League of Legends is the most popular MOBA, and esport, on the planet. It’s also one of the most daunting online games to break into for the first time. Getting familiar with a huge roster of characters, item builds, and the Summoners Rift full of crucial objectives will sound more like homework than a good time to a lot of people at first glance.
Despite League’s 148 unique champions, 22 different objectives on the map for either team to secure, and infinite number of viable strategies employable in a given match, the goal of the game is simple: Destroy enough enemy towers to break into their base and destroy their Nexus.
In this beginner’s guide, we will give you the tools to feel confident trying out “that game Teamfight Tactics is based on” for the first time without all the headache.
Before you load in, you’ll be asked to choose one of 148 different champions to enter the game with. Each champion has its own unique passive and set of four abilities. All champions typically slot within a certain role: top lane, jungle, mid lane, bot lane/marksman, and support. You won’t start out with every champ unlocked right away, but don’t worry, there’s a new rotation of 10 free champions every week for you to try out until you’ve saved up enough Blue Essence to buy your favorites.
Based on what certain champions are able to offer, such as reliable tankiness and crowd control or high DPS, you can form a team composition to fit whichever style of play you like best. Most champions either deal physical damage (AD), magic damage (AP), or some combination of the two, so having a decent amount of variation in damage types is a good thing to consider when coordinating with your team.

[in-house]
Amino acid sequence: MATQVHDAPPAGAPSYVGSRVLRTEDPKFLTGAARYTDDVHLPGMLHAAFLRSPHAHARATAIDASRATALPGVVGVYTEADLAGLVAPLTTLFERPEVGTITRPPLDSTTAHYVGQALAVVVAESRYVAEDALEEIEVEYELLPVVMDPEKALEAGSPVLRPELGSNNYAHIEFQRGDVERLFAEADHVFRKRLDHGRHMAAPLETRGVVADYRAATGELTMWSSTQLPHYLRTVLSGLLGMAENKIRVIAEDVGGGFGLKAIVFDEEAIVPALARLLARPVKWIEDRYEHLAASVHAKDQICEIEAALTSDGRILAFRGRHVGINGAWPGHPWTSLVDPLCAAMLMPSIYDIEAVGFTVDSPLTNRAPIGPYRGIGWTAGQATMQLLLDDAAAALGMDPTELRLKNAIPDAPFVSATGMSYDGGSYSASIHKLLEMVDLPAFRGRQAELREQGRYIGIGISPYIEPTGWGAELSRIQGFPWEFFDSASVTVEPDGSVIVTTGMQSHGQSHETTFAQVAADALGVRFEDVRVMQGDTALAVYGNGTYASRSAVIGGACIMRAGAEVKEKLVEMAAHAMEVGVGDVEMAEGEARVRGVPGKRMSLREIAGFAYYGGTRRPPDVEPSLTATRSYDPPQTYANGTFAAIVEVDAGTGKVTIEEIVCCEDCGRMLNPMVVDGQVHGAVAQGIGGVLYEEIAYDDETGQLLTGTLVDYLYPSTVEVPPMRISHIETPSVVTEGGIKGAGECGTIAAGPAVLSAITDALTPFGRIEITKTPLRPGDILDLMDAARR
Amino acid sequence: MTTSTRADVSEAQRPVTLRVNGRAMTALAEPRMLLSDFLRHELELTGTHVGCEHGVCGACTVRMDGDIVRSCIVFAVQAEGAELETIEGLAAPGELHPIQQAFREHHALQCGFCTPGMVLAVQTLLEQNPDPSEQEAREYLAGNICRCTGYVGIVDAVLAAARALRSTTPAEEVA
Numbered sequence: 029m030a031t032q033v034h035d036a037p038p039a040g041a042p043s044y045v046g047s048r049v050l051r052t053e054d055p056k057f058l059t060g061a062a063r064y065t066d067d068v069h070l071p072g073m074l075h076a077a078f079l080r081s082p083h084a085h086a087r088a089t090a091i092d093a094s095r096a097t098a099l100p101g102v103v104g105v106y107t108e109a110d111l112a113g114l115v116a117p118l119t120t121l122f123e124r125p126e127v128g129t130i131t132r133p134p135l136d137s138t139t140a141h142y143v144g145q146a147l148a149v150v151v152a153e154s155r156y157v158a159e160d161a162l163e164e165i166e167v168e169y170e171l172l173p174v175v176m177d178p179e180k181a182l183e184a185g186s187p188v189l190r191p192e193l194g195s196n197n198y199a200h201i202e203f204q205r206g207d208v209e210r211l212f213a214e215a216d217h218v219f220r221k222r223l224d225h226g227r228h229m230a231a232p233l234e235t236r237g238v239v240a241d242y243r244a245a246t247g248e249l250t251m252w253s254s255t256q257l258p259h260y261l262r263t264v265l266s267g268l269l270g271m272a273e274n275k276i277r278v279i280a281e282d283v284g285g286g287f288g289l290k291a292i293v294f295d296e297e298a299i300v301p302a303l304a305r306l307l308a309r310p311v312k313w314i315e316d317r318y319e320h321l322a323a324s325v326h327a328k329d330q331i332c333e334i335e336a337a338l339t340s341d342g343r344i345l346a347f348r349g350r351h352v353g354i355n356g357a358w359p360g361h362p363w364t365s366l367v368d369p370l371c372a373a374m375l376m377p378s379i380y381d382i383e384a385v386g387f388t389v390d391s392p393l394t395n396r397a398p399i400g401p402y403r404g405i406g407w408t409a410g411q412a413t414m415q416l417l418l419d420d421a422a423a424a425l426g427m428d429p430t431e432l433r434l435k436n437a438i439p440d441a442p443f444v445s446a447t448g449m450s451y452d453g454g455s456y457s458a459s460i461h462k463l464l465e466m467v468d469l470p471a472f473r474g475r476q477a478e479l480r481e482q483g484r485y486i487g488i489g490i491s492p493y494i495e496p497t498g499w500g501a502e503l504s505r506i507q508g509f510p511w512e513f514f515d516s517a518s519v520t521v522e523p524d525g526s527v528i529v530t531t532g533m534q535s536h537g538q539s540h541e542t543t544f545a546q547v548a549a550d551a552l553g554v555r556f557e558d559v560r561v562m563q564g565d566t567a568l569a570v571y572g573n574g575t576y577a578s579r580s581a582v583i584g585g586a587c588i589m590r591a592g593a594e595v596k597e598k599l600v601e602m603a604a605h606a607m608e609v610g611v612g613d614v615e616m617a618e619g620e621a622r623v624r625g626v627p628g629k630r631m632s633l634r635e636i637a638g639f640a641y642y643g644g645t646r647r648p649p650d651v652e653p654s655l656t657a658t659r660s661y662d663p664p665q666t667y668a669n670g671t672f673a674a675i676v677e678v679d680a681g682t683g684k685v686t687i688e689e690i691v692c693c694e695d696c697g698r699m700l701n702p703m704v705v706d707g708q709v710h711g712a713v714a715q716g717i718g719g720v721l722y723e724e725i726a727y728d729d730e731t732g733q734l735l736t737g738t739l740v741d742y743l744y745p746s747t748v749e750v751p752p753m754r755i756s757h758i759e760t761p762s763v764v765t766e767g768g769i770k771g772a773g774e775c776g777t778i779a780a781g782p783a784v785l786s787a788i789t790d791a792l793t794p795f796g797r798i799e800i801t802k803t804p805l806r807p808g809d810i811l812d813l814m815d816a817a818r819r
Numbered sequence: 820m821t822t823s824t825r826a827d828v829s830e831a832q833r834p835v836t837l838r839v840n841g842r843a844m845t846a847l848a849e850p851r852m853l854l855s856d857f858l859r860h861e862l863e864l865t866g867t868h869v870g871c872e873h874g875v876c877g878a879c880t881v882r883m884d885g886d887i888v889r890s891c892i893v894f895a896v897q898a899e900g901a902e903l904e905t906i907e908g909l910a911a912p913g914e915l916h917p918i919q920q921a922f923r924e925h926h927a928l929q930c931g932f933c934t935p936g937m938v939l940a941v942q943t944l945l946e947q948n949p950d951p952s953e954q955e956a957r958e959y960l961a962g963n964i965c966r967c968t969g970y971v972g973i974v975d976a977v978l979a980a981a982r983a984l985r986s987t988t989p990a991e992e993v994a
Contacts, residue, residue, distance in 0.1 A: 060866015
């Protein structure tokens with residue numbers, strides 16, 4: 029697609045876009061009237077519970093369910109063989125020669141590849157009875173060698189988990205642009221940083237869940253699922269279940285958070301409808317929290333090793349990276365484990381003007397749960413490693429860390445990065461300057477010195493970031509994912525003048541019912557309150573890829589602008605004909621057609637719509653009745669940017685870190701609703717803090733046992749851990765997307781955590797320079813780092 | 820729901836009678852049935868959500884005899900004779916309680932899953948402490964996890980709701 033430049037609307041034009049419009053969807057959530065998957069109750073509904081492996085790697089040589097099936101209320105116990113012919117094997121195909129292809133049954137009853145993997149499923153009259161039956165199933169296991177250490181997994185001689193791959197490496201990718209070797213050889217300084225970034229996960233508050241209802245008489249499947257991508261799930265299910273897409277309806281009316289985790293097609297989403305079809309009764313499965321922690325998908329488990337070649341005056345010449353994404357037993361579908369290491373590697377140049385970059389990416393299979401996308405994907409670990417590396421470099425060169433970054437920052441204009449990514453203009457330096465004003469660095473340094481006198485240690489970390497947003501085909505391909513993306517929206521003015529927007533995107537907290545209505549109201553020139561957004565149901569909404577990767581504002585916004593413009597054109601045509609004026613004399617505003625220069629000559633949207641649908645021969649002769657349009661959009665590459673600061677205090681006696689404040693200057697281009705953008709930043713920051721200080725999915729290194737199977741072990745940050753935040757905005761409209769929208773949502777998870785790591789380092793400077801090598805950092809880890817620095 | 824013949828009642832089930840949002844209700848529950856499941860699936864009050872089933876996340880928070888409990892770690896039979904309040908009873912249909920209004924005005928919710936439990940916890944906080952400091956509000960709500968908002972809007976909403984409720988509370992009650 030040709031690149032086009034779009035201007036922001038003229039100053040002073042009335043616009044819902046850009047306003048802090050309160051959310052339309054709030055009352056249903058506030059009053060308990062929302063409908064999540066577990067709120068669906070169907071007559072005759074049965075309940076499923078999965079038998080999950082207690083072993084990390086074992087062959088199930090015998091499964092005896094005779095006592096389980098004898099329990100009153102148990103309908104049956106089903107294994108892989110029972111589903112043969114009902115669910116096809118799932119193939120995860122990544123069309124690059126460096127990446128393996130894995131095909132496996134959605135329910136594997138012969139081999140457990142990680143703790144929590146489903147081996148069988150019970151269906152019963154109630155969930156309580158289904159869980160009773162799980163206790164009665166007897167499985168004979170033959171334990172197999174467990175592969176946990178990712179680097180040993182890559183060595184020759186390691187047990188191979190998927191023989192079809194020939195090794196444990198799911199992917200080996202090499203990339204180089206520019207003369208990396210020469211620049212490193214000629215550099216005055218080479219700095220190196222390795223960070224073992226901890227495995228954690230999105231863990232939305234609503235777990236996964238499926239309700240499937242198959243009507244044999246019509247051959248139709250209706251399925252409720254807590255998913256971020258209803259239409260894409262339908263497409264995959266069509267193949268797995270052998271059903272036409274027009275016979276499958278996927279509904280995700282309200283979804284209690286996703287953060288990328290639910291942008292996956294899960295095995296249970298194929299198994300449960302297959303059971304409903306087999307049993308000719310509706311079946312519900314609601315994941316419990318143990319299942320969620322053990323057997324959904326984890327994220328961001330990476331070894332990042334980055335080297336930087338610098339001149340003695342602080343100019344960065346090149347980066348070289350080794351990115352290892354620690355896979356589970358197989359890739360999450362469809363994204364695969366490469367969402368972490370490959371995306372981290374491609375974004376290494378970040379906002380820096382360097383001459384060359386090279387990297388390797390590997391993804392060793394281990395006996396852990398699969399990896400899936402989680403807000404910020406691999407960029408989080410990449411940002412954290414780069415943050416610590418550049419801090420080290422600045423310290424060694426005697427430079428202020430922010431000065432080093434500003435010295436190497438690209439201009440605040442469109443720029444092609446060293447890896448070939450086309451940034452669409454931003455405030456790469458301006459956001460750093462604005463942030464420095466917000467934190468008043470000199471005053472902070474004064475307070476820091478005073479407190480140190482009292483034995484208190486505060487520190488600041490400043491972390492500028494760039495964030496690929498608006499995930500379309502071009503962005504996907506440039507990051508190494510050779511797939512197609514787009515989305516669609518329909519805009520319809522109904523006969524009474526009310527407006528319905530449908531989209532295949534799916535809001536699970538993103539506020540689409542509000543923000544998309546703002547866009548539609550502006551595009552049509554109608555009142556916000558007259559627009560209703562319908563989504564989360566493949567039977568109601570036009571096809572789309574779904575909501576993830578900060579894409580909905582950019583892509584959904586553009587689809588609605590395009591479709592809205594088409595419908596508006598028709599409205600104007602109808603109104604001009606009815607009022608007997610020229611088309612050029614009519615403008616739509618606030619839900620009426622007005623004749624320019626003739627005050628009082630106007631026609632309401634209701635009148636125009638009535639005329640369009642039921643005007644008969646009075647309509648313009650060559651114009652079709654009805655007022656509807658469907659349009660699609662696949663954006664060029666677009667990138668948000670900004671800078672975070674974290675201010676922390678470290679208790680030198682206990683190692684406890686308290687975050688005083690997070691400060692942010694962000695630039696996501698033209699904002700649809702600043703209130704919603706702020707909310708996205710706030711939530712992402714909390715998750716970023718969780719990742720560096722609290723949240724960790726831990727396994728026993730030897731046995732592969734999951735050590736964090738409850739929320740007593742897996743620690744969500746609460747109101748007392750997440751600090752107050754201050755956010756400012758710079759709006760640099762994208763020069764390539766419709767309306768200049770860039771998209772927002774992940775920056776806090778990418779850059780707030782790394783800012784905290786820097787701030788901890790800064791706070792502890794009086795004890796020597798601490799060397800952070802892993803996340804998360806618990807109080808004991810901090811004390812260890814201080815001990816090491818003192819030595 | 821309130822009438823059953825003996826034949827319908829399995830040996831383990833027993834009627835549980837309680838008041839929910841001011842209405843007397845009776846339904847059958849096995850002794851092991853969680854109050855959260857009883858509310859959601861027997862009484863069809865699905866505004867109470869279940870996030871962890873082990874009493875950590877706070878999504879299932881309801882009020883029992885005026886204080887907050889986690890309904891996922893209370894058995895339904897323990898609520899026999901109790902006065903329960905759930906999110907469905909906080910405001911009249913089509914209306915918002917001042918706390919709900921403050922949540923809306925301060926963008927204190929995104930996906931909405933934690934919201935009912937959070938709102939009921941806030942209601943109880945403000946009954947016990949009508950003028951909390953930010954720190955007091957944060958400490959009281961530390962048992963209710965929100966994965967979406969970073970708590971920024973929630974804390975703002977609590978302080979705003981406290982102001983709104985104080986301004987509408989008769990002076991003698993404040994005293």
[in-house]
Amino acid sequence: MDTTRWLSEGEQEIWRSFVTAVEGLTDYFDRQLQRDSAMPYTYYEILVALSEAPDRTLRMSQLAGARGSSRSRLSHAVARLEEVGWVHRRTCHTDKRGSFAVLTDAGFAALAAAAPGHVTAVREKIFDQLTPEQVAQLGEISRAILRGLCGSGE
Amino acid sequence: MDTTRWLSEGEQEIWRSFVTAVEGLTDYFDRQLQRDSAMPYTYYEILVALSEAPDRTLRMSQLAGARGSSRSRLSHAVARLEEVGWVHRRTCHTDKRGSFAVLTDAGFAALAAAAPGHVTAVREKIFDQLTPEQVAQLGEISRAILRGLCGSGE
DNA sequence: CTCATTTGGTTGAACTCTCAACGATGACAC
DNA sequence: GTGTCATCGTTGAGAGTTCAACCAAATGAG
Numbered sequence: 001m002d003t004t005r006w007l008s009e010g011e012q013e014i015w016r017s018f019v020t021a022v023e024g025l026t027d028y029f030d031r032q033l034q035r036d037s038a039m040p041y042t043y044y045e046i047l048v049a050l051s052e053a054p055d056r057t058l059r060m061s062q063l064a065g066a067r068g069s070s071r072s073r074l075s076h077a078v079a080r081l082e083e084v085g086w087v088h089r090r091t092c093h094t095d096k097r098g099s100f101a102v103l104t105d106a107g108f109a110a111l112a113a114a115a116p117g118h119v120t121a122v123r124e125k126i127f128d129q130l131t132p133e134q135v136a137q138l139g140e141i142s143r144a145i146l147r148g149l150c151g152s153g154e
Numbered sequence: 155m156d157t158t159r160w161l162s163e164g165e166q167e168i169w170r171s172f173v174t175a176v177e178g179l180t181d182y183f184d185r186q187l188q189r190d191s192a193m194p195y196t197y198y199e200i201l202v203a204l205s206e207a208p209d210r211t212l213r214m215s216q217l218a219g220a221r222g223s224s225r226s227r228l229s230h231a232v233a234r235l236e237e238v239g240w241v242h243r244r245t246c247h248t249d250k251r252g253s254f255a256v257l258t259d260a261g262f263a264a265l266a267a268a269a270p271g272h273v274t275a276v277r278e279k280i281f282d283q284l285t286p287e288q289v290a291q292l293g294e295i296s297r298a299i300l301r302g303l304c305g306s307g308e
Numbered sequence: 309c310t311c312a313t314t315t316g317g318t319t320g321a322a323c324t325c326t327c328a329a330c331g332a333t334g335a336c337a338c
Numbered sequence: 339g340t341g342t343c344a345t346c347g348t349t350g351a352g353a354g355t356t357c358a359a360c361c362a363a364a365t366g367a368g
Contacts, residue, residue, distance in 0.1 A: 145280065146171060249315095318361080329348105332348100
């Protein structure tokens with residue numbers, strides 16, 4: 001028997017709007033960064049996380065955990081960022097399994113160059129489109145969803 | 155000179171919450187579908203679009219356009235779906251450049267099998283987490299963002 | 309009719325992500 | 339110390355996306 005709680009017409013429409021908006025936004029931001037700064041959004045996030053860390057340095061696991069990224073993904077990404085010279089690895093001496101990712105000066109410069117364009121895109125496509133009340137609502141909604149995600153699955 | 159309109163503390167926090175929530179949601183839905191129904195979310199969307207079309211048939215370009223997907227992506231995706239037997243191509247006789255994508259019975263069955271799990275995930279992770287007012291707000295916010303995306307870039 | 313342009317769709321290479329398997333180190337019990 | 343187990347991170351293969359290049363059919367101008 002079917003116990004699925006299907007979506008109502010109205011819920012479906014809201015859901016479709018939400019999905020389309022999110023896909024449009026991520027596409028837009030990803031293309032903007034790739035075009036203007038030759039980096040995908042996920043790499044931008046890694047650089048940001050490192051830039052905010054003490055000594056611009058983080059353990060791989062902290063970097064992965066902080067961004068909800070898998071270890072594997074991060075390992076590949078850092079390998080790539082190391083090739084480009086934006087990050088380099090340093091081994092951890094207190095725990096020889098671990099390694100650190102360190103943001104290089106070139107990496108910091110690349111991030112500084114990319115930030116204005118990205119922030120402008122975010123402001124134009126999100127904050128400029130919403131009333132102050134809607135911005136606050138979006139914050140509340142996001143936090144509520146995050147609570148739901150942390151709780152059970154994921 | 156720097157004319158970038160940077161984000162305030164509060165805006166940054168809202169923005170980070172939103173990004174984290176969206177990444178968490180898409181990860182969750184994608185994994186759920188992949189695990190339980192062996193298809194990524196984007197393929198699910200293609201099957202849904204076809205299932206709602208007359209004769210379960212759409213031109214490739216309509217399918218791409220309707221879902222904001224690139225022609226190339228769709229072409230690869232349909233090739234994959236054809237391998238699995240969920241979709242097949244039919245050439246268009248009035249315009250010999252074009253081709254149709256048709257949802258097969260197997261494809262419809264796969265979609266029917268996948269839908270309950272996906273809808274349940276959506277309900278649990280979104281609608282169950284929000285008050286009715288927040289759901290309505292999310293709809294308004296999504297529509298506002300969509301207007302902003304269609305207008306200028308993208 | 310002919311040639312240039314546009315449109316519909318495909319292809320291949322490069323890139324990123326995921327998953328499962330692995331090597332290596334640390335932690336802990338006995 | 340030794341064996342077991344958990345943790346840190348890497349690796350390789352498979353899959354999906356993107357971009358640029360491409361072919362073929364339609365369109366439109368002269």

When picking a champion, you’re given the option to choose a set of runes and summoner spells to give you some strategic flexibility in-game. Runes are sort of like skill trees in a standard RPG.
You opt into different major and minor traits that give you special stat bonuses or quirky gimmicks to help you get a slight edge over your opponent. Summoner spells are special tools with long cooldowns that allow you to manipulate your champion in a way that you otherwise wouldn’t be able to with abilities alone (i.e. teleporting somewhere on the other side of the map).
After loading into a game, your champion will prepare to do battle on Summoner’s Rift – the map LoL is played on. As mentioned previously, the MO of every single League of Legends game is always the same no matter how experienced the players are: destroy the enemy Nexus on the opposite side.